The OCAP Developers Conference at The Cable Show ’07 turned out to be a popular event for attendees. The OCAP conference was a precursor to The Cable Show in Las Vegas, but most of the sessions were packed during the pre-conference sessions on Sunday and Monday.
Sunday’s "O is for Outlook: MSOs on OCAP Deployment and Plans" session served as an outline for where the cable operators are in terms of deploying CableLabs‘ OpenCable Application Platform (OCAP). Subsequent sessions the same day drilled down on how to build an application using the OCAP toolset while Monday’s "Economics 101: The Business Case for OCAP" provided details on how cable operators, programmers, developers and advertisers will benefit from the platform.
"This will be a look at the fundamental economics of OCAP," said moderator Kevin Leddy, who is Time Warner Cable‘s senior vice president, strategy and development. "How does this new middleware affect the economics of the cable business? Where is the money? What is the business proposition?"
Leddy said OCAP provides a middleware layer in set-top boxes, TV sets and other devices that allows applications such as electronic program guides to be written once while working in every cable operator’s footprint. For developers this means creating an application once for all of the MSOs to use. OCAP provides portability for devices The attraction of OCAP to consumer electronics manufacturers, and the Federal Communications Commission, is having plug-and-play devices available in retail stores while set-top box manufacturers can make simpler boxes that are portable to any system as long as they have separable security. Cable operators can benefit from the breakup of the set-top box duopoly as well as the reduction of capital expenses if subscribers buy the boxes themselves instead of leasing them from their cable operators.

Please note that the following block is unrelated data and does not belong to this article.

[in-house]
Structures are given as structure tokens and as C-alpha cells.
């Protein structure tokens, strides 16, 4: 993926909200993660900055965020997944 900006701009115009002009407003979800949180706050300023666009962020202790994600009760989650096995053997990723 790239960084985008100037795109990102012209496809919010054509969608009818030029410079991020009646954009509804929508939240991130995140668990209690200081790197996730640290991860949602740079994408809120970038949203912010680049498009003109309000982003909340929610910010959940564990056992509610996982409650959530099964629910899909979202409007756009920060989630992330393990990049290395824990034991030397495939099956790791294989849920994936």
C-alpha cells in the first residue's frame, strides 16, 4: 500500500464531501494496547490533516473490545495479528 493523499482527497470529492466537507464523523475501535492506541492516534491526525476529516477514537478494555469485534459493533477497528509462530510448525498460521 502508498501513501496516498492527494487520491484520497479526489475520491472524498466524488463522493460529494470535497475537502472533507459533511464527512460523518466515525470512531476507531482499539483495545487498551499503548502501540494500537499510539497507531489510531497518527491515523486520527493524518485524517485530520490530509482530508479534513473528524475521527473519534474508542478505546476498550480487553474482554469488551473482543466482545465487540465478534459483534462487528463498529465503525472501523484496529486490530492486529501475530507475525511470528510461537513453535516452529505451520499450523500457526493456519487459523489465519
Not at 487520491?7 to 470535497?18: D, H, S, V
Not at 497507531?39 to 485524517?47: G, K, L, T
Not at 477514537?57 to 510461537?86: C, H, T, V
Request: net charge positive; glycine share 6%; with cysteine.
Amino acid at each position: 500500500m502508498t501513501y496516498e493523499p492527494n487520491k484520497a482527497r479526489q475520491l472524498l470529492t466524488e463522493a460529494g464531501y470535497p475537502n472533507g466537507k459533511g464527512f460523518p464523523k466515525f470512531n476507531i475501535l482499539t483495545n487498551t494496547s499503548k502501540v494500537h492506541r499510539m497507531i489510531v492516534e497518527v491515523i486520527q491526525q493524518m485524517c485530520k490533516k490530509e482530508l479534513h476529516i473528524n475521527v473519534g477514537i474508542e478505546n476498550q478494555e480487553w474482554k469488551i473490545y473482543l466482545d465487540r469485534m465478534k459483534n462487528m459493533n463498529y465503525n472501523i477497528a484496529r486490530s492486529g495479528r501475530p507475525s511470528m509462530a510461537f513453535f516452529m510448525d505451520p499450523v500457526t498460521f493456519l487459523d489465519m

Mark Hess, Comcast‘s senior vice president, business and product development, said cable operators have spent billions on buying up set-top boxes since they were first introduced. Hess said cable operators will also benefit from the two-way capability of the OCAP set-top boxes because better diagnostics means fewer truck rolls.
"It’s silly that I can do more with this," Hess said while holding up a cell phone and comparing it to current set-top boxes. "We need to build an ecosystem that allows for expansion; one platform that is simple and has a common interface. All of that adds up to new revenues and capital savings that make this (OCAP) imperative."
Joan Gillman, president of Time Warner Cable’s media sales, said OCAP gives cable a platform to distinguish itself from the competition.
"The opportunity for cable is a simple, streamlined solution that allows tests to scale seamlessly," Gillman said. "The interactivity gives viewers a reason to stay with live TV. It gives us a better opportunity to measure what we do in that environment."
Gillman said OCAP can provide Internet-ad-like capabilities with better measurements for advertisers while new technologies such as addressable ads will also be attractive to them. Some of key issues to address going forward are getting the backoffice systems to work effectively with OCAP and to develop templates to increase the automation process.
"We need to get the (ad) industry engaged and show value," Gillman said. – Mike Robuck